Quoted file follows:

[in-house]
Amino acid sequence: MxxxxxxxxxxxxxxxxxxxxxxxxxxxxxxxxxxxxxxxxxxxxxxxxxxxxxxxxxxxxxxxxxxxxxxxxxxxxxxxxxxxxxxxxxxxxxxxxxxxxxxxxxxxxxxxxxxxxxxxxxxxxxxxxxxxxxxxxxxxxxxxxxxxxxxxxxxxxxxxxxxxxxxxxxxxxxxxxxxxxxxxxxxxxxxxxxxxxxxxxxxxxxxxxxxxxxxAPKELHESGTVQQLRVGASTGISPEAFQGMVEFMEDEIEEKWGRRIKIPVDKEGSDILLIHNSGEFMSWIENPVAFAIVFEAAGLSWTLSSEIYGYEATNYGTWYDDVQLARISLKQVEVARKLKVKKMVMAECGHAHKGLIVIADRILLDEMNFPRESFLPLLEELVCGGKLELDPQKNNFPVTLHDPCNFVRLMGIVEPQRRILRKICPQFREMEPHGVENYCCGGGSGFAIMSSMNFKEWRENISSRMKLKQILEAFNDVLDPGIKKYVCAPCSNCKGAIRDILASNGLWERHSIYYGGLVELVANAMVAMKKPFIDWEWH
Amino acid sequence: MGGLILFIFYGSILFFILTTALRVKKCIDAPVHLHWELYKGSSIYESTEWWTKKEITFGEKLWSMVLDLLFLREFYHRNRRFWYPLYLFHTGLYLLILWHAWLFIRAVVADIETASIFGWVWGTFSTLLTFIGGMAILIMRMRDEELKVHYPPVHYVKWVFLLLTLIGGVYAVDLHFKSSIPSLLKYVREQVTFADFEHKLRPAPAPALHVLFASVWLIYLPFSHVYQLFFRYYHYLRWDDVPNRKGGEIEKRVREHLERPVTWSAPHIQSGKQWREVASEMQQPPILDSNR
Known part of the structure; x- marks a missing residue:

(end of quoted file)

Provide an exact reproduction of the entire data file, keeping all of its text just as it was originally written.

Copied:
[in-house]
Amino acid sequence: MxxxxxxxxxxxxxxxxxxxxxxxxxxxxxxxxxxxxxxxxxxxxxxxxxxxxxxxxxxxxxxxxxxxxxxxxxxxxxxxxxxxxxxxxxxxxxxxxxxxxxxxxxxxxxxxxxxxxxxxxxxxxxxxxxxxxxxxxxxxxxxxxxxxxxxxxxxxxxxxxxxxxxxxxxxxxxxxxxxxxxxxxxxxxxxxxxxxxxxxxxxxxxxxxxxxxxxAPKELHESGTVQQLRVGASTGISPEAFQGMVEFMEDEIEEKWGRRIKIPVDKEGSDILLIHNSGEFMSWIENPVAFAIVFEAAGLSWTLSSEIYGYEATNYGTWYDDVQLARISLKQVEVARKLKVKKMVMAECGHAHKGLIVIADRILLDEMNFPRESFLPLLEELVCGGKLELDPQKNNFPVTLHDPCNFVRLMGIVEPQRRILRKICPQFREMEPHGVENYCCGGGSGFAIMSSMNFKEWRENISSRMKLKQILEAFNDVLDPGIKKYVCAPCSNCKGAIRDILASNGLWERHSIYYGGLVELVANAMVAMKKPFIDWEWH
Amino acid sequence: MGGLILFIFYGSILFFILTTALRVKKCIDAPVHLHWELYKGSSIYESTEWWTKKEITFGEKLWSMVLDLLFLREFYHRNRRFWYPLYLFHTGLYLLILWHAWLFIRAVVADIETASIFGWVWGTFSTLLTFIGGMAILIMRMRDEELKVHYPPVHYVKWVFLLLTLIGGVYAVDLHFKSSIPSLLKYVREQVTFADFEHKLRPAPAPALHVLFASVWLIYLPFSHVYQLFFRYYHYLRWDDVPNRKGGEIEKRVREHLERPVTWSAPHIQSGKQWREVASEMQQPPILDSNR
Known part of the structure; x- marks a missing residue: